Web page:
Pixel Envy

Written by Nick Heer.

Vulnerability Patched in MacOS 11.4 Allowed Bypass of Consent and Control Permissions

Apple describing one of the security patches in MacOS Big Sur 11.4:

TCC

Available for: macOS Big Sur

Impact: A malicious application may be able to bypass Privacy preferences. Apple is aware of a report that this issue may have been actively exploited.

Description: A permissions issue was addressed with improved validation.

CVE-2021-30713: an anonymous researcher

Stuart Ashenbrenner, Jaron Bradley, and Ferdous Saljooki of Jamf, the organization that reported this vulnerability:

For example, if the virtual meeting application zoom.us.app is found on the system, the malware will place itself like so:

/Applications/zoom.us.app/Contents/MacOS/avatarde.app

If the victim computer is running macOS 11 or greater, it will then sign the avatarde application with an ad-hoc signature, or one that is signed by the computer itself.

Once all files are in place, the custom application will piggyback off of the parent application, which in the example above is Zoom. This means that the malicious application can take screenshots or record the screen without needing explicit consent from the user. It inherits those TCC permissions outright from the Zoom parent app. This represents a considerable privacy concern for end-users.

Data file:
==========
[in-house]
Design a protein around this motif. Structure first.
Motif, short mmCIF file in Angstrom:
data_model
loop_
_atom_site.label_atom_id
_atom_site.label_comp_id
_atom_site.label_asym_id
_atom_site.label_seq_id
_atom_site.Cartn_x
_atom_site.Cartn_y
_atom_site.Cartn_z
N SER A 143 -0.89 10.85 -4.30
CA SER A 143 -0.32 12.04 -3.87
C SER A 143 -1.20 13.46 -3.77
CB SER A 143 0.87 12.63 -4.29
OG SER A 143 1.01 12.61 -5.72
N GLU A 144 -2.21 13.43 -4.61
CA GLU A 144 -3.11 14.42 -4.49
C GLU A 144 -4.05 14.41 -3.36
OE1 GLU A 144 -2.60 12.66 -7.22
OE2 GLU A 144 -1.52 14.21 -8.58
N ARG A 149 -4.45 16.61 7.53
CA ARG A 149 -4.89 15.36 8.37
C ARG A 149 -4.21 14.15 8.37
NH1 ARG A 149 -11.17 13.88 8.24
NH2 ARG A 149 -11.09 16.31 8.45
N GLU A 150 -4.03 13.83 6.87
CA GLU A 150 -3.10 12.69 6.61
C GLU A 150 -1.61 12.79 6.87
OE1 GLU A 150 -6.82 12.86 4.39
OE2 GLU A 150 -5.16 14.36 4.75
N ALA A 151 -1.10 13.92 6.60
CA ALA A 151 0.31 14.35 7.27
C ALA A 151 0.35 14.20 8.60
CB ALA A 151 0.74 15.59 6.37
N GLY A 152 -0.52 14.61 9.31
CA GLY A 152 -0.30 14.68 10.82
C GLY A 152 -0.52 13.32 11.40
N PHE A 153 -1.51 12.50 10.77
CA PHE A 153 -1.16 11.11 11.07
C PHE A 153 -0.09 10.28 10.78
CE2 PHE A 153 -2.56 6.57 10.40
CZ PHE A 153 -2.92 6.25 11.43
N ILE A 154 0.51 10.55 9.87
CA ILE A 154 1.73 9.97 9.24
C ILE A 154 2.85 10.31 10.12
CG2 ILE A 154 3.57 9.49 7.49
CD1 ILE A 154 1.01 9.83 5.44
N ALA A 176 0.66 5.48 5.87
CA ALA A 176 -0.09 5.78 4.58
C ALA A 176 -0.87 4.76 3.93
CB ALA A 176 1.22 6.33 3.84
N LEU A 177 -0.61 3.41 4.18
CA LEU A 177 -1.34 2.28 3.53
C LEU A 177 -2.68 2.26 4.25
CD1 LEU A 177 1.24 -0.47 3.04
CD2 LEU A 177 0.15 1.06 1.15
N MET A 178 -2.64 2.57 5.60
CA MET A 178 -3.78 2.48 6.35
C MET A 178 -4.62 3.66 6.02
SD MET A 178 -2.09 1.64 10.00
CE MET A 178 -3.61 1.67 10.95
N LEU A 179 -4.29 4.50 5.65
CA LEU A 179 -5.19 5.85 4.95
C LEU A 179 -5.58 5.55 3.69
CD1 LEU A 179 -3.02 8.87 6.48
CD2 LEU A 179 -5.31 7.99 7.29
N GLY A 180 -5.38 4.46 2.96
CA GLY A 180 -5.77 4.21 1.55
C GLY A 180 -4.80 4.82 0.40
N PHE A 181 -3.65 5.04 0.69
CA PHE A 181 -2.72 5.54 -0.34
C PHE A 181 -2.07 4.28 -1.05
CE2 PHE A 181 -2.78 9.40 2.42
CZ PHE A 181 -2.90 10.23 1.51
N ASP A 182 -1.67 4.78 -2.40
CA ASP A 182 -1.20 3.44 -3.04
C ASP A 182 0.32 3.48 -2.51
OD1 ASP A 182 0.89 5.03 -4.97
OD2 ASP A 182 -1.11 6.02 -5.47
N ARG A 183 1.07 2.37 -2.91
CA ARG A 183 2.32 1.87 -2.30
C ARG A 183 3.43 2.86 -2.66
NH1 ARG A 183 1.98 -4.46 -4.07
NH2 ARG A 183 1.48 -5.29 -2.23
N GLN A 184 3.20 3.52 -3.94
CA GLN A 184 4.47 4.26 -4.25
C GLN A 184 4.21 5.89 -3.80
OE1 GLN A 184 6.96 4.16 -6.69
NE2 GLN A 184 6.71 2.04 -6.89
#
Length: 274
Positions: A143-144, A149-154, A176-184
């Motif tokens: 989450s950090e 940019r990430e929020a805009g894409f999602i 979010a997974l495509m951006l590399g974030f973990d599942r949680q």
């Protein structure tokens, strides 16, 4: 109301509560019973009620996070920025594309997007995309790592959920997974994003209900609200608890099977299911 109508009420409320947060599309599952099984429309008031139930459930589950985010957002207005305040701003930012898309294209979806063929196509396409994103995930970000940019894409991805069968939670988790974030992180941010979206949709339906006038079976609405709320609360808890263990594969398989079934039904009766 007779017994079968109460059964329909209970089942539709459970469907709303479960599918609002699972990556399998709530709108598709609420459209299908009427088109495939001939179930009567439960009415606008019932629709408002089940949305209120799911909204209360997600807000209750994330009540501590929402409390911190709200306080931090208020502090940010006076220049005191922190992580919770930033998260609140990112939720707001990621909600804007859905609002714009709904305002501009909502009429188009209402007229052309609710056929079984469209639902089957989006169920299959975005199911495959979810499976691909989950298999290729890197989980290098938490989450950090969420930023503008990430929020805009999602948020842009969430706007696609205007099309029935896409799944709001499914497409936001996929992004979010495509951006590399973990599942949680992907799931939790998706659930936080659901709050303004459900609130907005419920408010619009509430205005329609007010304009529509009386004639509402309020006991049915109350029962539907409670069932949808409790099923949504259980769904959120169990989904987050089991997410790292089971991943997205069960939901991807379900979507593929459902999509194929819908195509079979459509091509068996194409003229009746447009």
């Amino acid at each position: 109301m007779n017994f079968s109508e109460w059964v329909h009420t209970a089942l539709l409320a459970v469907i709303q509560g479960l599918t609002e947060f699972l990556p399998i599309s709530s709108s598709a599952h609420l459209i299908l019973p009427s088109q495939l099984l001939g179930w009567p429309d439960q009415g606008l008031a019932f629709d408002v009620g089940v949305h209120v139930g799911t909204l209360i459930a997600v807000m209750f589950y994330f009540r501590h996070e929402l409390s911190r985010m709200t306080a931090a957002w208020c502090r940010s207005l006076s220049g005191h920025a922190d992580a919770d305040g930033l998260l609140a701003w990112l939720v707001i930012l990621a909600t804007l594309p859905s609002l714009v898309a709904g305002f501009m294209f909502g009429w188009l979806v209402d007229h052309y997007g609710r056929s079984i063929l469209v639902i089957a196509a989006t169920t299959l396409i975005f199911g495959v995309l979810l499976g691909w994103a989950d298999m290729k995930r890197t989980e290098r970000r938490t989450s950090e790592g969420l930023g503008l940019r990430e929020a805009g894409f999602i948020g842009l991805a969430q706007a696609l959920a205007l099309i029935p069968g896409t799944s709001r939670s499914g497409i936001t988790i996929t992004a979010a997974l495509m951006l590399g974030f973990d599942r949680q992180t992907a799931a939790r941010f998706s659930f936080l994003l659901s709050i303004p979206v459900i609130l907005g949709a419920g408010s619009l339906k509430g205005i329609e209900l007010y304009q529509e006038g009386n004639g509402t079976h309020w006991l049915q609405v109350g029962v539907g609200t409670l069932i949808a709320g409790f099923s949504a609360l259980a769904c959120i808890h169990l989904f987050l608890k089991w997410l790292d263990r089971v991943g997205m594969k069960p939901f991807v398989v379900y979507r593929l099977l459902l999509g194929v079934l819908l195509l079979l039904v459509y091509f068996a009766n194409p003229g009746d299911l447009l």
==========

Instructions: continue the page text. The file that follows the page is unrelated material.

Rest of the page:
During Jamf’s testing, it was determined that this vulnerability is not limited to screen recording permissions either. Multiple different permissions that have already been provided to the donor application can be transferred to the maliciously created app.

A clever violation of inherited permissions. As this is an actively-exploited vulnerability, you should probably update as soon as you can. I do not see the same CVE in today’s Catalina or Mojave updates, so it appears this is entirely a Big Sur problem.